07 June 2006

I've had it

When I was five, I announced to my family with great conviction, "I'm never getting married!" This is possibly the best pronouncement I ever made if all those tv mothers and their badgering can be believed because my family has never hassled me about it.

My mom perceived it as a five year old's way of saying she didn't want to be like her mother. I don't know if that's what I was thinking then, but since it's true in some respects now, I don't argue the point.

However, when I was in college, everything changed.

The thoughts are there, but I feel reluctant to type. It's so much easier to be righteous when you're not talking about yourself. It doesn't seem like that should be the case, and yet for myself I find that it is. What once felt like standing up for what was right still feels that way, but it also feels vulnerable.


Despite my conviction when I was five, I became engaged when I was a senior in college. Nothing so strange about that except that it was to a woman. We had matching rings-- puzzle rings, should've known that was a portent-- but otherwise it was a quiet, amorphous thing which we didn't even tell our parents. To us it signified a deeper commitment, but there was never a date, never a concreteness to it. In our case, this was a good thing because things fell apart six months later; but I find myself thinking that if it'd been more official, I might've seen it more clearly and gotten out of it sooner.

Actually that wasn't the first time I considered marriage now that I'm thinking about it. I was on vacation with my family in Rhode Island during a break from high school. We drove past a handsome young man on the sidewalk wearing a long black coat with thick, black, wavy hair. "I'm going to marry him," I thought to myself, watching him until we turned a corner. Alas, I've not seen him since.

In the past few years, many of my friends have gotten hitched, and I confess I find it disconcerting at a time in my life when I don't see myself ever getting married. Some of these friends are also bi, but they've all married men. As happy for them as I am, a small part of me finds their perceivably hetero marriages convenient. Their families can sigh in relief, "It was just a phase, afterall," as they throw their daughters the big traditional bash.

Not too long ago at Everyday Goddess, I read Liz's post on marriage, or rather on not getting married even though she's straight and possible spouse gender is a non-issue for her. I was really impressed by it because it hadn't occurred to me that someone who definitely won't be personally affected by same-sex marriage bans might be willing to give up her right to marry in order to emphasize her support for a same sex couple's right to marry. I think that's pretty damn cool.

All of the political ruckus has added to my sense that marriage is something of which I don't want any part, and yet, I still jot down tunes every now and then to add to my wedding playlist. I may never have occasion to use it, but if I do, I can rest easy knowing that I won't be stuck with "Why do fools fall in love" for the first dance because I didn't have time to think about it; I'll have music that inspires me to sing and dance.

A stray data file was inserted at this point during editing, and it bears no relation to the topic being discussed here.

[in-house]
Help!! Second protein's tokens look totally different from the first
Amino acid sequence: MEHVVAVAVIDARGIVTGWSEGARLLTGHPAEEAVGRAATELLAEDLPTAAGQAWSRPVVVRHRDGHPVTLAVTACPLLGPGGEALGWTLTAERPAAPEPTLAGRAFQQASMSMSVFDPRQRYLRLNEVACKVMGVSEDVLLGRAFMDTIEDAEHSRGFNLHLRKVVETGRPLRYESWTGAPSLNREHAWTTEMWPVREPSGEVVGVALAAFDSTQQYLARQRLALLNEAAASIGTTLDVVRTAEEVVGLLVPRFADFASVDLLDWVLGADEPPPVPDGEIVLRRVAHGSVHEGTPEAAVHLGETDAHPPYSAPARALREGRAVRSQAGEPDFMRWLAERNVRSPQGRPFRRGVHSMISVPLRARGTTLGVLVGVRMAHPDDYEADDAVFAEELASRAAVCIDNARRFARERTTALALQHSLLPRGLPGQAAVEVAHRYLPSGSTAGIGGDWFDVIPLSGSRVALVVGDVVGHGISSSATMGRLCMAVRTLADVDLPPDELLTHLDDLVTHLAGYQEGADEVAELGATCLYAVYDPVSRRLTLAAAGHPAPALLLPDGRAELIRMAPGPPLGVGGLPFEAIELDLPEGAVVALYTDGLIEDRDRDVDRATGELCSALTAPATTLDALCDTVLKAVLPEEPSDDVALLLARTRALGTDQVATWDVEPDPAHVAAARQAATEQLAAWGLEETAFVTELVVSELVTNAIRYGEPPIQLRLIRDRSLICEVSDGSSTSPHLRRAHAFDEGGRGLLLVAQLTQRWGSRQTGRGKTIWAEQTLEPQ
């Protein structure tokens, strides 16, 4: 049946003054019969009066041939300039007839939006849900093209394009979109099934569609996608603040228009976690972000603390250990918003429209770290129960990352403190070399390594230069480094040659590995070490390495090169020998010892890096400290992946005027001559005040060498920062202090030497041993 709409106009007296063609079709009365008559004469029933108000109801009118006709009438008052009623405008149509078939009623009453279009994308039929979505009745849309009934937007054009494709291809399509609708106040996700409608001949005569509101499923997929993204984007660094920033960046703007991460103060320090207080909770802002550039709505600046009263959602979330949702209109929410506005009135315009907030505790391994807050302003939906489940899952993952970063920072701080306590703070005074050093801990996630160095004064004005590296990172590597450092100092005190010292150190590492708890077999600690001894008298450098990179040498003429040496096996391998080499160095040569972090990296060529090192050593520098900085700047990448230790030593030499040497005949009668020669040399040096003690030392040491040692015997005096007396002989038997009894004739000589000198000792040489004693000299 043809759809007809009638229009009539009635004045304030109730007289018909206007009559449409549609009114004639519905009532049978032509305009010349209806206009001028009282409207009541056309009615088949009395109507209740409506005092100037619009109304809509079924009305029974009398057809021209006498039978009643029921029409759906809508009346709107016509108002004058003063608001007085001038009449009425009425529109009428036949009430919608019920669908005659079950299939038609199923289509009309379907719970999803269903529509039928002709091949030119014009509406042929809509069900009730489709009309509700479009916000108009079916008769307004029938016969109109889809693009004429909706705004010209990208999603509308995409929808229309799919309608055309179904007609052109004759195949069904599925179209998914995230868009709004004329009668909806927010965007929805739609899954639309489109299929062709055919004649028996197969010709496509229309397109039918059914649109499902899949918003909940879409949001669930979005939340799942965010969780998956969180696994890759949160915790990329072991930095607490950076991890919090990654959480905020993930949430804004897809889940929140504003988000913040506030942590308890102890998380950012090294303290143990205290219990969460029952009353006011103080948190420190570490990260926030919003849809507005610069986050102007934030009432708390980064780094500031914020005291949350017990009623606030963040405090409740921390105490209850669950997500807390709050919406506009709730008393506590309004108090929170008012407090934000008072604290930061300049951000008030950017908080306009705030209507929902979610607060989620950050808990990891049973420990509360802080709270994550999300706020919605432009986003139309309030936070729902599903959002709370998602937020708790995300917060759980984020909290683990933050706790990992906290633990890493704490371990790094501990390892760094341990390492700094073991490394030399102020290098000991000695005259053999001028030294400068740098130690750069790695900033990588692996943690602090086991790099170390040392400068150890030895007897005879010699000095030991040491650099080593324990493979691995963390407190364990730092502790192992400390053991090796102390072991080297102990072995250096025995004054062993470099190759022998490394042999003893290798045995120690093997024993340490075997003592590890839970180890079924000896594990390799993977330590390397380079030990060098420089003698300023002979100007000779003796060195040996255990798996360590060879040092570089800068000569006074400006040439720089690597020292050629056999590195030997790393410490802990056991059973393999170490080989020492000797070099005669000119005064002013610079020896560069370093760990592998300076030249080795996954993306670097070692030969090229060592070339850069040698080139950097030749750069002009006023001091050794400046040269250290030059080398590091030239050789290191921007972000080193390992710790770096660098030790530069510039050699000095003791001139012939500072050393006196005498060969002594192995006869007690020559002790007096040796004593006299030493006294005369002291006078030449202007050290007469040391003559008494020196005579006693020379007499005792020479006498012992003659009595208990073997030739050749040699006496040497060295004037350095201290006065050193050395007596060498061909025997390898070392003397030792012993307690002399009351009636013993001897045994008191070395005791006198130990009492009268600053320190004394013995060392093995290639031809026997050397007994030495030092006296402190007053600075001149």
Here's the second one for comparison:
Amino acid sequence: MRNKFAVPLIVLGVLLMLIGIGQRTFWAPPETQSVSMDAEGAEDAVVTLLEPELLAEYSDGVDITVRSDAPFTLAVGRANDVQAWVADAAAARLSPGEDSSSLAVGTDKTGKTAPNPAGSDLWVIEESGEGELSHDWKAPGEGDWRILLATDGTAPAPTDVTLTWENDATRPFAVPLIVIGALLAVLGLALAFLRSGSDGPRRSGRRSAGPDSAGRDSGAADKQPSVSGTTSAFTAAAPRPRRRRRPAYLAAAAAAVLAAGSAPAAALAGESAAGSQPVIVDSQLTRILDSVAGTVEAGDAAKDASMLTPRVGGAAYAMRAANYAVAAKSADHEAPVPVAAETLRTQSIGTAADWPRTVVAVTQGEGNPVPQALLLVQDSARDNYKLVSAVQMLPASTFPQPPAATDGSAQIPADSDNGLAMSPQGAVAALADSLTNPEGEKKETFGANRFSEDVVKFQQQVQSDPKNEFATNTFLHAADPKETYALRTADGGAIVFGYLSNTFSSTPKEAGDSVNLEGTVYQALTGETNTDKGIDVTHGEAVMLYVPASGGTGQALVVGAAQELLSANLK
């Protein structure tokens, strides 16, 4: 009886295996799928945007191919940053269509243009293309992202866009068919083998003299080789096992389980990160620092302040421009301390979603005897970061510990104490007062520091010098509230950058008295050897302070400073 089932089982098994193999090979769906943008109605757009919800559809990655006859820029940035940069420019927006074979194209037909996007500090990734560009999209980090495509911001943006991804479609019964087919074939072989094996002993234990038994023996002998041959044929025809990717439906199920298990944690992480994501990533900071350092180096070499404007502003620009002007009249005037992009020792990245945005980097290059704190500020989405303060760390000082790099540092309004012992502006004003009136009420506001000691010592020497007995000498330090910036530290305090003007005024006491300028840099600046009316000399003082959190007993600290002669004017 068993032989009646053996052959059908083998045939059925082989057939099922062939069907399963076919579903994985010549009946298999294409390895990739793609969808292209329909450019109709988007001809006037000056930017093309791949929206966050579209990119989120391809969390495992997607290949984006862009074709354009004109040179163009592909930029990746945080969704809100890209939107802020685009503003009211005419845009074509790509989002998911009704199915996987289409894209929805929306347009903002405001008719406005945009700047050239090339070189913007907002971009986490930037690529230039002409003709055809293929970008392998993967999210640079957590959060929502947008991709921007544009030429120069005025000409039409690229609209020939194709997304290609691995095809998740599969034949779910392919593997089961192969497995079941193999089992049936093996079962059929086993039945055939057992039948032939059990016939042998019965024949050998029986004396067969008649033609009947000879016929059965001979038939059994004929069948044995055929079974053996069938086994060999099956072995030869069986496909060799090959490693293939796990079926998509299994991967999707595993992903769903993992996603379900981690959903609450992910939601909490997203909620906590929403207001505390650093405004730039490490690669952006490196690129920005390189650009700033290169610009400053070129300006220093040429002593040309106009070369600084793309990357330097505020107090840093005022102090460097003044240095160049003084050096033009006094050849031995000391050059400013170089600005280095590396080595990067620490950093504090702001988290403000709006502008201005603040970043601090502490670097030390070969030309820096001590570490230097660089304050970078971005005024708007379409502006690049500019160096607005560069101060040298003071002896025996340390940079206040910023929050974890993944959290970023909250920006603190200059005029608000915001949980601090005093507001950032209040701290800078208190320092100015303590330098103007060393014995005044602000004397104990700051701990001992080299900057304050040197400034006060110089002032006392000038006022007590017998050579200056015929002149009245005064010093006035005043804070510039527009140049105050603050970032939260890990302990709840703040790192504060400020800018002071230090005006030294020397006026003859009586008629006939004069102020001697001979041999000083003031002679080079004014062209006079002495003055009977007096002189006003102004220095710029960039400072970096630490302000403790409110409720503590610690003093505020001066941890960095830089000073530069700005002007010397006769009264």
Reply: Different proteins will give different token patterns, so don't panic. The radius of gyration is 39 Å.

Maybe things will be better in five years.

One year ago at TTaT: Rare Fortune
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  1. Grrr... lost my first comment!

    What was I saying? Yes. Weddings!

    I love the bit about the guy you saw on your holidays. This has been happening to me more and more lately! More so since last week when most of my friends did not turn up for my birthday lunch because they're married and have to take care of the husband or babies. But Mauritius being so small, am sure am going to bump into one of my "am going to get married to him" guys soon enough!


  2. See? There is still a closet romantic in you. May be buried under many layers of skepticism, but it's there.

  3. Fitena: Happy belated birthday! If it's that small, maybe you just have a line-up, so you can pick him out. ;)

    The Retropolitan: lol. Just well enough, thanks.

    Kev: The 12 yr old in me is just making up for lost time because I never thought about it back then. But now I've seen what can happen when you're too busy to think about it, so it's on the backburner. ;]

  4. And would you change your mind if gay marriage was legal? It seem the issue isn't heterosexuals wanting to opt out of marriage (even out of protest), but homosexuals wanting to go the traditional route -- and finding ways to make that a reality.

  5. Neil: True enough. I don't know that I would. Perhaps to take advantage of legal rights not available to me otherwise but not because I have any desire to be a wife.

    I think of Tim Robbins and Susan Sarandon's relationship, partners for many years but not married, as a variation to which I might aspire.